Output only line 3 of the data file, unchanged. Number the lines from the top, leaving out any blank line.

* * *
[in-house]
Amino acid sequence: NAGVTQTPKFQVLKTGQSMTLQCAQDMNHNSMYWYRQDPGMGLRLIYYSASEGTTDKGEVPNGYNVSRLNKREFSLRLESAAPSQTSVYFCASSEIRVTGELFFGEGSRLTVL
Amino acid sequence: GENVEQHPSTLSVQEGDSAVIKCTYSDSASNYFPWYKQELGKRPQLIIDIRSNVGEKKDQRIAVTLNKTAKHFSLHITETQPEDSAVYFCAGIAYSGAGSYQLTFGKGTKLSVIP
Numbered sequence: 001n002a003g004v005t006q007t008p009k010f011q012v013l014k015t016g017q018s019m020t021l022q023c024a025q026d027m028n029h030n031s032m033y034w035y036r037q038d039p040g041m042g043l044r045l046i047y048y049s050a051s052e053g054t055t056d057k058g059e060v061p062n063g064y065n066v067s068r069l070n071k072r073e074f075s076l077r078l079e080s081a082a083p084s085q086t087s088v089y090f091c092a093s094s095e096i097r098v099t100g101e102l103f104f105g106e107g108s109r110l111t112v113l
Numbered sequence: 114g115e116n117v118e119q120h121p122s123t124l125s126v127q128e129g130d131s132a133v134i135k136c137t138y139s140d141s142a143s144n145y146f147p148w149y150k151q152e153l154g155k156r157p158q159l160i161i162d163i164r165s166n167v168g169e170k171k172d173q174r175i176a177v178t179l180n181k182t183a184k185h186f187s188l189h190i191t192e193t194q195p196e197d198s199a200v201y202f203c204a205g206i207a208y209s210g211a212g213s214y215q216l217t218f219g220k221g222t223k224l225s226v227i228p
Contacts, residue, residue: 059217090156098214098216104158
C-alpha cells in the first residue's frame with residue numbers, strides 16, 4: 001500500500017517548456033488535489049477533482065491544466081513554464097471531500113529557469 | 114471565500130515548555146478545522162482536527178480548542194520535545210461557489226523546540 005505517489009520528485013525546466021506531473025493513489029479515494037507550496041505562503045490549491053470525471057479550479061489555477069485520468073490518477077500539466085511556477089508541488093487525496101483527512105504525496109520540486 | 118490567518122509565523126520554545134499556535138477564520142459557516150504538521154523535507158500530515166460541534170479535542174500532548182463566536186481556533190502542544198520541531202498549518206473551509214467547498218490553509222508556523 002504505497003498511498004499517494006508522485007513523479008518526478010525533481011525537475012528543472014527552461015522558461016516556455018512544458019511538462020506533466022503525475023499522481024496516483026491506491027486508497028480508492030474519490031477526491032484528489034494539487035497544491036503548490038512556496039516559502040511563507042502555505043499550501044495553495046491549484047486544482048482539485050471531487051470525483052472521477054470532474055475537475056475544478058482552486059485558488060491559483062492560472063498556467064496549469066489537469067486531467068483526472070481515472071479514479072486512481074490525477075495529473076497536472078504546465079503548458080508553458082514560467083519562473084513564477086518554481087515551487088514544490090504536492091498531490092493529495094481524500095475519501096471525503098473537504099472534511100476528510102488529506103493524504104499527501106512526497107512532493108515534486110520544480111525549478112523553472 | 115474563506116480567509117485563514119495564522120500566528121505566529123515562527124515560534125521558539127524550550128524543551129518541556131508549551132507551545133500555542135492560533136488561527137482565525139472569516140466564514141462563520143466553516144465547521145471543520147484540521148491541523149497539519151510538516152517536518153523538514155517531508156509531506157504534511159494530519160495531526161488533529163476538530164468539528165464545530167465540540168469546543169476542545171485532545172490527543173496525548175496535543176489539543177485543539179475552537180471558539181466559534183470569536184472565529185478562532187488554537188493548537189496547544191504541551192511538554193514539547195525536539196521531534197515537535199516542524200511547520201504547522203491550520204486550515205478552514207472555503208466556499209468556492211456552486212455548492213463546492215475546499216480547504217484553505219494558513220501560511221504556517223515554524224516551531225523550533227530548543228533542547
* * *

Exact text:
Amino acid sequence: GENVEQHPSTLSVQEGDSAVIKCTYSDSASNYFPWYKQELGKRPQLIIDIRSNVGEKKDQRIAVTLNKTAKHFSLHITETQPEDSAVYFCAGIAYSGAGSYQLTFGKGTKLSVIP